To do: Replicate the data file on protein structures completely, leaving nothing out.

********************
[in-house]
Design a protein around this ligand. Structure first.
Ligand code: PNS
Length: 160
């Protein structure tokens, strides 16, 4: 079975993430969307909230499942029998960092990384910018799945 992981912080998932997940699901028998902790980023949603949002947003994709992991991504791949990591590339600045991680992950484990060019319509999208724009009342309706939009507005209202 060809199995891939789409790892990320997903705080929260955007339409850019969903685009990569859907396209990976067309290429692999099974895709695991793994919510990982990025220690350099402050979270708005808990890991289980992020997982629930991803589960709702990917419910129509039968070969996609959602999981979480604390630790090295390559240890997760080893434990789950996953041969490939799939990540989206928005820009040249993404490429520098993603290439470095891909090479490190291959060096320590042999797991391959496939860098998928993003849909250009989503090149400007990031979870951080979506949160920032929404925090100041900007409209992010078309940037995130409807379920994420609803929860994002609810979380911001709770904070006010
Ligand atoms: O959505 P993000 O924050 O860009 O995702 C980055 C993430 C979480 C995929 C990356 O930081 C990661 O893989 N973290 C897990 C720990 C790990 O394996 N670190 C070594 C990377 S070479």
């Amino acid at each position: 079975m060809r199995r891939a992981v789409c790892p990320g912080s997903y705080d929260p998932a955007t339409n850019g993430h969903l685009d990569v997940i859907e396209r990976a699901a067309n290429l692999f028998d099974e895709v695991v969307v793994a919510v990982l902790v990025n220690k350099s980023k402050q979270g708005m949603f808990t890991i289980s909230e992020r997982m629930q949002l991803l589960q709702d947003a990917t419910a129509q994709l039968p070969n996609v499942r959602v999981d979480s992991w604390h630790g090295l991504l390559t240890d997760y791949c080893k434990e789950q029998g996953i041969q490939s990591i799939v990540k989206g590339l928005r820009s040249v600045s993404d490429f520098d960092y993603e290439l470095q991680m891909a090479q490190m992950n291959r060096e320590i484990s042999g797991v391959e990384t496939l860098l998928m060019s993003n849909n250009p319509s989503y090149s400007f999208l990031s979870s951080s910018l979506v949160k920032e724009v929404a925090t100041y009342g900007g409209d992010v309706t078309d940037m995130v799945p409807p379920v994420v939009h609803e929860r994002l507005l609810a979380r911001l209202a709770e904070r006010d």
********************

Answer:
[in-house]
Design a protein around this ligand. Structure first.
Ligand code: PNS
Length: 160
């Protein structure tokens, strides 16, 4: 079975993430969307909230499942029998960092990384910018799945 992981912080998932997940699901028998902790980023949603949002947003994709992991991504791949990591590339600045991680992950484990060019319509999208724009009342309706939009507005209202 060809199995891939789409790892990320997903705080929260955007339409850019969903685009990569859907396209990976067309290429692999099974895709695991793994919510990982990025220690350099402050979270708005808990890991289980992020997982629930991803589960709702990917419910129509039968070969996609959602999981979480604390630790090295390559240890997760080893434990789950996953041969490939799939990540989206928005820009040249993404490429520098993603290439470095891909090479490190291959060096320590042999797991391959496939860098998928993003849909250009989503090149400007990031979870951080979506949160920032929404925090100041900007409209992010078309940037995130409807379920994420609803929860994002609810979380911001709770904070006010
Ligand atoms: O959505 P993000 O924050 O860009 O995702 C980055 C993430 C979480 C995929 C990356 O930081 C990661 O893989 N973290 C897990 C720990 C790990 O394996 N670190 C070594 C990377 S070479």
């Amino acid at each position: 079975m060809r199995r891939a992981v789409c790892p990320g912080s997903y705080d929260p998932a955007t339409n850019g993430h969903l685009d990569v997940i859907e396209r990976a699901a067309n290429l692999f028998d099974e895709v695991v969307v793994a919510v990982l902790v990025n220690k350099s980023k402050q979270g708005m949603f808990t890991i289980s909230e992020r997982m629930q949002l991803l589960q709702d947003a990917t419910a129509q994709l039968p070969n996609v499942r959602v999981d979480s992991w604390h630790g090295l991504l390559t240890d997760y791949c080893k434990e789950q029998g996953i041969q490939s990591i799939v990540k989206g590339l928005r820009s040249v600045s993404d490429f520098d960092y993603e290439l470095q991680m891909a090479q490190m992950n291959r060096e320590i484990s042999g797991v391959e990384t496939l860098l998928m060019s993003n849909n250009p319509s989503y090149s400007f999208l990031s979870s951080s910018l979506v949160k920032e724009v929404a925090t100041y009342g900007g409209d992010v309706t078309d940037m995130v799945p409807p379920v994420v939009h609803e929860r994002l507005l609810a979380r911001l209202a709770e904070r006010d």